When we the people are united, no challenge is too great. Together, we can restore balance to our democracy, so that we all have a voice.

rgtap-stampReturning Government to the American People

A policy framework generated by a bipartisan working group of the ReFormers Caucus

The framework lays out specific proposals for returning our government to the representative path the founders envisioned, and is intended to serve as a starting point for bipartisan conversations in Washington. Implemented together, the proposals in the framework would “drain the swamp” and sever the money connection between powerful private interests and our elected government.

We can do this now

We all pay the price for a political system dominated by the power of money, and we can’t wait any longer to start fixing this broken system. Our solutions focus on the changes we can make right now—without waiting for the Supreme Court to change or for the Constitution to be amended—that will restore our government’s ability to tackle our most pressing challenges and rebuild trust in our democracy.

Freedom to lead

Our elected officials are trapped in a never-ending cycle of fundraising, spending as many as 30 hours a week “dialing for dollars.” For lawmakers, every minute spent fundraising is a minute not spent serving their communities, getting to know their colleagues on both sides of the aisle or learning about the complex issues facing our country. At the same time, declining budgets, lack of expertise and high turnover rates for congressional staff empower lobbyists and further weaken Congress’ ability to do its job.

We can give members of Congress the freedom to lead by:
  • Enacting new rules that ensure that when we’re working, Congress is working;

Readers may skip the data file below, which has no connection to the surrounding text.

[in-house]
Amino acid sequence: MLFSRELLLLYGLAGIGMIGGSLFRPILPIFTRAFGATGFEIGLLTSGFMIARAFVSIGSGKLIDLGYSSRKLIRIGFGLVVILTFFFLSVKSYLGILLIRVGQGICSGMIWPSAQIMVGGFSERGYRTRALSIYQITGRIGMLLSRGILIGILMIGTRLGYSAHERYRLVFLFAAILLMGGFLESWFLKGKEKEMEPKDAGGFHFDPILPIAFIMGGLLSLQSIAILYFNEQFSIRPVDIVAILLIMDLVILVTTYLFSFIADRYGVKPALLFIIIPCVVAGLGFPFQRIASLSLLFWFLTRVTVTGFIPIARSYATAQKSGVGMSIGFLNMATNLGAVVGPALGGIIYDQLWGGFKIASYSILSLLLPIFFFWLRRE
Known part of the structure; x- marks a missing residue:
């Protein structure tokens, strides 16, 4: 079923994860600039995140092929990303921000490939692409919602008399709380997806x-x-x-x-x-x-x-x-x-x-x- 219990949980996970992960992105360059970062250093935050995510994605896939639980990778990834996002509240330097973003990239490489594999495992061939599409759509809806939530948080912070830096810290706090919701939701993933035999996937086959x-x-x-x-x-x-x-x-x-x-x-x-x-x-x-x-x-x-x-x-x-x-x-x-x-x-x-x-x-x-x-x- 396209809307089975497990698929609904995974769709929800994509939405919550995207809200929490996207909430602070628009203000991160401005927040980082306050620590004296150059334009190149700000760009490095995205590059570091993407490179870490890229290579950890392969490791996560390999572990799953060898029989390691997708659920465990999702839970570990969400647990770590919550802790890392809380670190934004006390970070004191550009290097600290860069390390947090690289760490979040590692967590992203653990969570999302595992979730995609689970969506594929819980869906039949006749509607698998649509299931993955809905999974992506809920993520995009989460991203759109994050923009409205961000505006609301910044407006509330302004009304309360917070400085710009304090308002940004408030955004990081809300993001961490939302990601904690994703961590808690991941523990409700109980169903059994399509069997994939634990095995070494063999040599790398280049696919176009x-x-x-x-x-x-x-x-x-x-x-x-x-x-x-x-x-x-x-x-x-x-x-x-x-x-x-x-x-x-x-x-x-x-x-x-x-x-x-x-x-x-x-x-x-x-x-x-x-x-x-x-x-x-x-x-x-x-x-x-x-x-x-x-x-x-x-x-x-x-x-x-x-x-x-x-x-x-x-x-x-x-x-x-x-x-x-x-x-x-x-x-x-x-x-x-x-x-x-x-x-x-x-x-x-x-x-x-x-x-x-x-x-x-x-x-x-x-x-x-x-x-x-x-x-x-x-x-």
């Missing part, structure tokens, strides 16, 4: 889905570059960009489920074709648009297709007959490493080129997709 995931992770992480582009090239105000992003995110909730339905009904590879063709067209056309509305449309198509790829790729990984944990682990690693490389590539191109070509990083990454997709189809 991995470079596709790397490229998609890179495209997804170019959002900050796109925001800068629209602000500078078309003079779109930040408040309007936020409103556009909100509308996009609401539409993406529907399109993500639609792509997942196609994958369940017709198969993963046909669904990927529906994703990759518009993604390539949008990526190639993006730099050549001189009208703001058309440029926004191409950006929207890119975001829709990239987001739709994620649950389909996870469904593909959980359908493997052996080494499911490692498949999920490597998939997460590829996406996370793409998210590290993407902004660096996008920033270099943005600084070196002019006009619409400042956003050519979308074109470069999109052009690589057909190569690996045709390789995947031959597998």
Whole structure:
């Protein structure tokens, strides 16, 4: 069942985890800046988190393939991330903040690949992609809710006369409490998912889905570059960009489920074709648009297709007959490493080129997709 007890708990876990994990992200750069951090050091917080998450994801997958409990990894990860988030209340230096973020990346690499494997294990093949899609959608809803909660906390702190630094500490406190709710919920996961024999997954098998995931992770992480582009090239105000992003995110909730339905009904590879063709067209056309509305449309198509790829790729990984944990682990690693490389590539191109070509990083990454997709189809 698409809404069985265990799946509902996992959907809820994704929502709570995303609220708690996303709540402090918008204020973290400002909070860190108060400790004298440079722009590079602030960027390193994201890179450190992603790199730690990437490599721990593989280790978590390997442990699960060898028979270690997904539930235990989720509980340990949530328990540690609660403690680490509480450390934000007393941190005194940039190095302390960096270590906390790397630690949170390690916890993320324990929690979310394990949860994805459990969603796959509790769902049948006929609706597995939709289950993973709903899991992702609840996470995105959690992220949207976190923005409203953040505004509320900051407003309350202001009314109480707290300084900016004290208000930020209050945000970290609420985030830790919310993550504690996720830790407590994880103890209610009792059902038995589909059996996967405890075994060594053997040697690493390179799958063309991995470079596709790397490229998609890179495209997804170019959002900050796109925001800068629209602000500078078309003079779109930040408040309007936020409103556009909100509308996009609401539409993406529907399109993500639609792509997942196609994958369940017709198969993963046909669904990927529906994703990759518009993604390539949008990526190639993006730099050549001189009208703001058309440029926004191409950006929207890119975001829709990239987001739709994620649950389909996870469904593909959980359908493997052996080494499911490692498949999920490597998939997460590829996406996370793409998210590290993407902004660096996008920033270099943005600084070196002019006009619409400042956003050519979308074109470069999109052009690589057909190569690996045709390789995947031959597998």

• Improving the capacity of Congress so that members of Congress make decisions based on their internal research and expertise.

Real-time information and accountability

Special interests, corporations and unions are spending millions of dollars influencing voters—and they’re using a complicated web of dark money nonprofits, super PACs and sham companies to make sure voters never know the real source of their campaign messages. We need real-time information so we can properly evaluate the messages, and messengers, trying to influence our votes. Our access to information shouldn’t stop at the voting booth—we should also know when our members of Congress meet with special interest lobbyists. Right now, lobbying disclosure laws are rife with loopholes, which make conflicts of interests too common. We need someone to enforce the rules and hold candidates, Congress, lobbyists and outside spenders accountable if they break the law.

We can give voters the information they need and keep everyone accountable by:
  • Ensuring that voters have immediate access to political spending information—whether the money comes from corporations, unions, super PACs* or nonprofits. (*Although super PACs are required to disclose donors, some are funded through opaque groups that do not disclose where their funding originates and some disclose long after Election Day, leaving us in the dark until after we vote);
  • Updating the Lobbying Disclosure Act to close loopholes; and
  • Fixing the Federal Election Commission so that the agency can actually enforce the law, including ensuring that foreign money isn’t being spent in U.S. elections through dark money groups.

Changing the dynamic

It will always cost money to run a winning campaign. But right now most members of Congress rely on an incredibly small number of people and groups to fund their campaigns, and the result is that those people have too much influence. We can change this dynamic. We’ve already had success by funding victories in Maine and elsewhere. By supercharging small donations to candidates, we can give Congress an incentive to prioritize constituents over special interests. Rather than depending on corporations, unions and wealthy donors, our elected officials would be talking to us about the issues.

We can change the dynamic by:
  • Supporting innovations at the state and local level that increase the number and impact of small donors;
  • Stopping the flow of dark money in elections;
  • Delinking lobbyists and campaign contributions.

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